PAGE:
Report (2nd Day)

Part of Care Bill [HL] – in the House of Lords at 5:15 pm on 14th October 2013.

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Photo of Lord Hunt of Kings Heath Lord Hunt of Kings Heath Shadow Spokesperson (Health), Shadow Deputy Leader of the House of Lords 5:15 pm, 14th October 2013

My Lords, this is an important subject. Clause 34 provides for deferred payment agreements and loans. In such an agreement,

“the charges or loan advanced is repaid by the adult or from their estate at a later specified date, or on the happening of a specified event, such as the sale of property. The debt is normally secured against the person’s property to ensure repayment”.

I say at once that we welcome the support to be given to such a scheme. However, I hope that the noble Earl will be able to respond to my noble friend on the point that he raised. His essential argument is that the scheme as originally recommended has been severely restricted, as indicated in paragraph 150 of the consultation, whereby a person is eligible only if other assets are less than the £23,250 limit. Can the noble Earl confirm that figure? If so, can he estimate for the House how many people he thinks are likely to want to use the scheme? The 40,000 figure seems even more mythical if people’s other assets have to be reduced to such a level. We need to clear up that important point either today or, if the Minister is unable to do so, perhaps on Third Reading.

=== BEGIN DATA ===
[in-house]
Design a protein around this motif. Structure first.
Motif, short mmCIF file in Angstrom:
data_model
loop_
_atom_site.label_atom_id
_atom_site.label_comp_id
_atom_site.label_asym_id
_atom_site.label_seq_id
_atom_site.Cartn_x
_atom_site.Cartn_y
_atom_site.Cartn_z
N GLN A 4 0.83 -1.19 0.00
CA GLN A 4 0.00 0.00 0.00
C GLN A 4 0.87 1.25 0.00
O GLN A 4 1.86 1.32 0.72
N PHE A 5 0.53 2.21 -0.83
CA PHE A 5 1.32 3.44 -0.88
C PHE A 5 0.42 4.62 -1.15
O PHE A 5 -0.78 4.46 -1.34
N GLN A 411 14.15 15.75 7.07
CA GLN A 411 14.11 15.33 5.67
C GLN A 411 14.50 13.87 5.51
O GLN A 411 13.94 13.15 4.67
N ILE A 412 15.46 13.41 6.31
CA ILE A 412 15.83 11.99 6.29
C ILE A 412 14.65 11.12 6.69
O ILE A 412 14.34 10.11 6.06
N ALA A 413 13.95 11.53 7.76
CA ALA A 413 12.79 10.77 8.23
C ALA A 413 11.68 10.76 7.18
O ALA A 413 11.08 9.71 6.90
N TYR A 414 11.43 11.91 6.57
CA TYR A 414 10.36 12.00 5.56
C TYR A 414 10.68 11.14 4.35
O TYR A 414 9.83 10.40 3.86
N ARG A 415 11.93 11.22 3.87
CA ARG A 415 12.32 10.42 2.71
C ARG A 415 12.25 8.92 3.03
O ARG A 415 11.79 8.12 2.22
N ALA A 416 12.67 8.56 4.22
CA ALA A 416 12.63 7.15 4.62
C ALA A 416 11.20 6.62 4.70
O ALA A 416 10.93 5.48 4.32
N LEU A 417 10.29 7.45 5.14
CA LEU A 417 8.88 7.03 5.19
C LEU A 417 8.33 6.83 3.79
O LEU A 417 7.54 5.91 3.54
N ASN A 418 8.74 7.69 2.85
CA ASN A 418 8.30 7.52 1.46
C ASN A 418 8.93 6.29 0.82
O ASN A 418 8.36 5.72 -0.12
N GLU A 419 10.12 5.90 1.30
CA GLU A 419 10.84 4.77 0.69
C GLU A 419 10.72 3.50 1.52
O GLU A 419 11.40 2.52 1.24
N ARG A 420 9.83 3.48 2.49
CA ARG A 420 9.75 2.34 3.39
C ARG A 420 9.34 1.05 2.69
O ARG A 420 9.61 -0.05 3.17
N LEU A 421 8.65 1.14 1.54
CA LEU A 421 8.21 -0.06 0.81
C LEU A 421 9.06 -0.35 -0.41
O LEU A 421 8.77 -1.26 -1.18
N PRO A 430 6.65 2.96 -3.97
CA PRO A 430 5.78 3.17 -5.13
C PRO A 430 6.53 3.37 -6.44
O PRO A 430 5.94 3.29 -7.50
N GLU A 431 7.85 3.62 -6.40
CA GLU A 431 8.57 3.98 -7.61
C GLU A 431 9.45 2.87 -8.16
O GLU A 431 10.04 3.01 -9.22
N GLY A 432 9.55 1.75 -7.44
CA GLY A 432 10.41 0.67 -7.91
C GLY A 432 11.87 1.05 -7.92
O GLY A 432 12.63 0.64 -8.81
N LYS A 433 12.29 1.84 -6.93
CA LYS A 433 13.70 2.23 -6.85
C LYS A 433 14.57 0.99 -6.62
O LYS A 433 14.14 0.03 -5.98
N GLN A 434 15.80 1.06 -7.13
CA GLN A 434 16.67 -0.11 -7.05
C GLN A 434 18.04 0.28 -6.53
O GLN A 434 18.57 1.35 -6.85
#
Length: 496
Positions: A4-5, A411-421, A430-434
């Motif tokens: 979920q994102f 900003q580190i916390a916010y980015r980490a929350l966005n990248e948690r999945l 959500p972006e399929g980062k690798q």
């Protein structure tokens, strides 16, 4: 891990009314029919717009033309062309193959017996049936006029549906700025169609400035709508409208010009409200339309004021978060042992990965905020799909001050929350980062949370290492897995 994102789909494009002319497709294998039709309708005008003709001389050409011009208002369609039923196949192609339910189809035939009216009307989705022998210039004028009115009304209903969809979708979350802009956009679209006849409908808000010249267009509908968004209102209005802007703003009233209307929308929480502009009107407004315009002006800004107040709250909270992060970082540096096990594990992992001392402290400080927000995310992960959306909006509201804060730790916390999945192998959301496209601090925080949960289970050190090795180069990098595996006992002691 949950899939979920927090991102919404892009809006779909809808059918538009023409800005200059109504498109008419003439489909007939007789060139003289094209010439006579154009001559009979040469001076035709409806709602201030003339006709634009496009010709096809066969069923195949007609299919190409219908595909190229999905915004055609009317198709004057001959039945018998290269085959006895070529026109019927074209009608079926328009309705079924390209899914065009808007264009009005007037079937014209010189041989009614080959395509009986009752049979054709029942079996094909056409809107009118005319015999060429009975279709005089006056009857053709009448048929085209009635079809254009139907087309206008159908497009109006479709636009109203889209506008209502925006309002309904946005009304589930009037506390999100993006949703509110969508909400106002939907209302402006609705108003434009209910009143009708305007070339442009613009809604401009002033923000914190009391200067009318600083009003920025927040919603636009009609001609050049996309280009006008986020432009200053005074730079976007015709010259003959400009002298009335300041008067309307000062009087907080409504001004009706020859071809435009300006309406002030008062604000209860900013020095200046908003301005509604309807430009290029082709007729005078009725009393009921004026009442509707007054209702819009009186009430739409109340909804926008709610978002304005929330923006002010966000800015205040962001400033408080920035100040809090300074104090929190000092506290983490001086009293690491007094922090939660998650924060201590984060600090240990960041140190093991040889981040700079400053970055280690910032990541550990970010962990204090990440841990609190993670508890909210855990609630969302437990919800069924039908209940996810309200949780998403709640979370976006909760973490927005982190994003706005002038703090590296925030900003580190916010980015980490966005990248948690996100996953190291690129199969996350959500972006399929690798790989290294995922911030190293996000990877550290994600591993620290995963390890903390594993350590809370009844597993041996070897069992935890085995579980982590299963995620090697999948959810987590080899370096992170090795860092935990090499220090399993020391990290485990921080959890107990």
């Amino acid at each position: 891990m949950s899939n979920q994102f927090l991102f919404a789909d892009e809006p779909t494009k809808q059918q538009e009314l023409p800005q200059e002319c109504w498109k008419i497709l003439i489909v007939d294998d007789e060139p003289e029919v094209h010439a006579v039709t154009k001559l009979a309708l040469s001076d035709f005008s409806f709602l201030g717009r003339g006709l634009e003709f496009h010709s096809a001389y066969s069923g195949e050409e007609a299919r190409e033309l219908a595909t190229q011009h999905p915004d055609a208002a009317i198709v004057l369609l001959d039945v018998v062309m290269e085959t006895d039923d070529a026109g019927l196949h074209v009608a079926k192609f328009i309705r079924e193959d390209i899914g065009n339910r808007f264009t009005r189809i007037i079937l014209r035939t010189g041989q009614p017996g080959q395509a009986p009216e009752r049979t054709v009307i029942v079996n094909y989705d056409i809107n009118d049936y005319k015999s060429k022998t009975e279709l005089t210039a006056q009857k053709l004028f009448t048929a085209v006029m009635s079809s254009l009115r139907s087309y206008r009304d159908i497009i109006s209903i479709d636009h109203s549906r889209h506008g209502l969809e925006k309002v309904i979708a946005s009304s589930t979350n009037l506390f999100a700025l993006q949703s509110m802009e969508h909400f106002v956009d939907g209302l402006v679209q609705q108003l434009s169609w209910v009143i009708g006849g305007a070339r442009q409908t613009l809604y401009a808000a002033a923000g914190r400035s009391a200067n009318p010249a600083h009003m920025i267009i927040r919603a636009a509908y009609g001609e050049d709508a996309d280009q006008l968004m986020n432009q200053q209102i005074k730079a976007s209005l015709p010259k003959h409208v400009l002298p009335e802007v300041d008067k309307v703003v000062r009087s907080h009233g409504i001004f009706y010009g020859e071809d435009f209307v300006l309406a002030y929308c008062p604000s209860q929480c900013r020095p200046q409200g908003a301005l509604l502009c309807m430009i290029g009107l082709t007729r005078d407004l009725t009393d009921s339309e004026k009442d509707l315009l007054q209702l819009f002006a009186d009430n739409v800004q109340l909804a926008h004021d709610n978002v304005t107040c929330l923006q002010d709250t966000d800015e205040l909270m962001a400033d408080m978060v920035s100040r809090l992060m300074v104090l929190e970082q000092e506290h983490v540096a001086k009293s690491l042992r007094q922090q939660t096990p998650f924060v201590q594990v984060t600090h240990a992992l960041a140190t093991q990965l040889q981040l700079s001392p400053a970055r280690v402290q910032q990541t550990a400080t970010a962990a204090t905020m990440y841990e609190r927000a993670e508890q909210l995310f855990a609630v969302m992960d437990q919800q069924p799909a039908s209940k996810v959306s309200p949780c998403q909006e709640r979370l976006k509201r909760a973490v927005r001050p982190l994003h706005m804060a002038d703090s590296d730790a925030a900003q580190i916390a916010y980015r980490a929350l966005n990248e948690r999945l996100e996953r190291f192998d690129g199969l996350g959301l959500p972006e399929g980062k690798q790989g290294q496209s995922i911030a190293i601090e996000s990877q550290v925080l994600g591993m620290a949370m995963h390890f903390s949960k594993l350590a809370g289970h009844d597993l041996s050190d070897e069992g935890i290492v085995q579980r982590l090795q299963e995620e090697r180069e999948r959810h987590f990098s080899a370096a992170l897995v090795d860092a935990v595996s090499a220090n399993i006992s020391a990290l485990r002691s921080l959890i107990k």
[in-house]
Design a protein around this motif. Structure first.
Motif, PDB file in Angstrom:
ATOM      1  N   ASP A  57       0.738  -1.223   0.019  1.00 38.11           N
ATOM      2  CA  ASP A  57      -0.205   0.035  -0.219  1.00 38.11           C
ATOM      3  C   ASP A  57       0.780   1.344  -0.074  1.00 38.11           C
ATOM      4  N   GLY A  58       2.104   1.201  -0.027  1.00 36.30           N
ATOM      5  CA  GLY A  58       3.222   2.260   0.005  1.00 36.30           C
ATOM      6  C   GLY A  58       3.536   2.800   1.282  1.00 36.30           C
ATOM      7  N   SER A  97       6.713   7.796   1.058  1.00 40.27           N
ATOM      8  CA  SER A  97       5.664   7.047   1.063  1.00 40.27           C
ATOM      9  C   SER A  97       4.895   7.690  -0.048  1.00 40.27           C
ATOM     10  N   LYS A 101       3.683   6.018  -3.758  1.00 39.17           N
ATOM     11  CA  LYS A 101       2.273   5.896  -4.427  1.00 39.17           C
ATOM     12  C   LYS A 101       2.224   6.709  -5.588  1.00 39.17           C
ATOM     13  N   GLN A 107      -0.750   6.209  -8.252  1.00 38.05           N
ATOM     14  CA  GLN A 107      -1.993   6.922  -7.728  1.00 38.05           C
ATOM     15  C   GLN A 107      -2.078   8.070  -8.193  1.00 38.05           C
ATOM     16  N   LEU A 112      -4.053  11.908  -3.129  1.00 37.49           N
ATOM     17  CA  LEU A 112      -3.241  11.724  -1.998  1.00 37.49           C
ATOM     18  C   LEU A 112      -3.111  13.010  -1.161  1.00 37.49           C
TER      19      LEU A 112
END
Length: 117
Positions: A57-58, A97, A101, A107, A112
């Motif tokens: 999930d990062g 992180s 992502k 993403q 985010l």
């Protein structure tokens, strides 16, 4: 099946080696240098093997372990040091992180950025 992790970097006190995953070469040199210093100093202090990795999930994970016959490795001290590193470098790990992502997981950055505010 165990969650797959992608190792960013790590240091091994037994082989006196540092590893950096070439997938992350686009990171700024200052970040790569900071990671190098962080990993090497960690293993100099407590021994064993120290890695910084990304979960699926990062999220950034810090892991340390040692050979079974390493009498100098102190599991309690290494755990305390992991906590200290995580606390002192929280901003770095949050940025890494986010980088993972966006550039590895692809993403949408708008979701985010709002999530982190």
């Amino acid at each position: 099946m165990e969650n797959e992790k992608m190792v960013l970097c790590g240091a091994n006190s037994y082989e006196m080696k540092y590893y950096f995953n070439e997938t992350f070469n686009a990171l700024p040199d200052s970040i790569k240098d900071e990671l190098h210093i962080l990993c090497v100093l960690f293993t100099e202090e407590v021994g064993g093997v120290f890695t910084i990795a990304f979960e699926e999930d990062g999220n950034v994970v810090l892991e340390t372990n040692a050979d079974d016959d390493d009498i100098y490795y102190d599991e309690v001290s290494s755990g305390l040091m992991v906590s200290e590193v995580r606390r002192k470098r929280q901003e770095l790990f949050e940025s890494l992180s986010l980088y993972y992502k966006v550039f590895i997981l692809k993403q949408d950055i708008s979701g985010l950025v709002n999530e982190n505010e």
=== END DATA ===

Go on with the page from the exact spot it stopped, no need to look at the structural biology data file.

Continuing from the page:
I wish to speak now to my Amendment 63. One worry which we discussed in Committee concerns how local authorities are to run these schemes, and that worry remains. My noble friend Lord Lipsey spoke in Committee of his concerns about the creation of administrative difficulties for local authorities because each local authority would have to design and implement its own scheme. There would be a risk not only that the amount of energy which each authority had to expend would be extremely wasteful but that some very poor quality schemes could be developed. My noble friend Lord Warner, when discussing the balance of arguments between a national scheme or local schemes, said:

“The worst of all worlds would be not to take hold of this issue and leave it to a marketplace of 152 different bodies”— in other words, local authorities—

“without much guidance or assistance with compatibility of IT and issues of that kind”.—[ Official Report , 22/7/13; col. 1065.]

In Committee the noble Earl seemed a bit reluctant to accept the need for national direction in this area. The fact is that only a minority of local authorities currently operate deferred payment schemes. The local authorities’ responsibilities that we have discussed in relation to the Bill are many and extensive, and I shall not go through the list again. There is no doubt whatever that there are worries about whether local authorities really have the capacity to implement the legislation as noble Lords require. Instead of these 152 local authorities having all to develop their own deferred payment schemes, surely there is a persuasive case for a model scheme to be drawn up based on the experience of local authorities which are already operating a scheme but which are in a minority at the moment.

I have little doubt that a model scheme would save money by reducing the work that an individual local authority would have to do. The scheme would be informed by best practice and individual decisions would still be left to individual local authorities because they would be given a model scheme to which they could make adjustments. I should have thought that that would help ensure that the use of deferred payments would be developed and expanded as effectively as possible. I very much hope that the noble Earl will be able to agree to this amendment.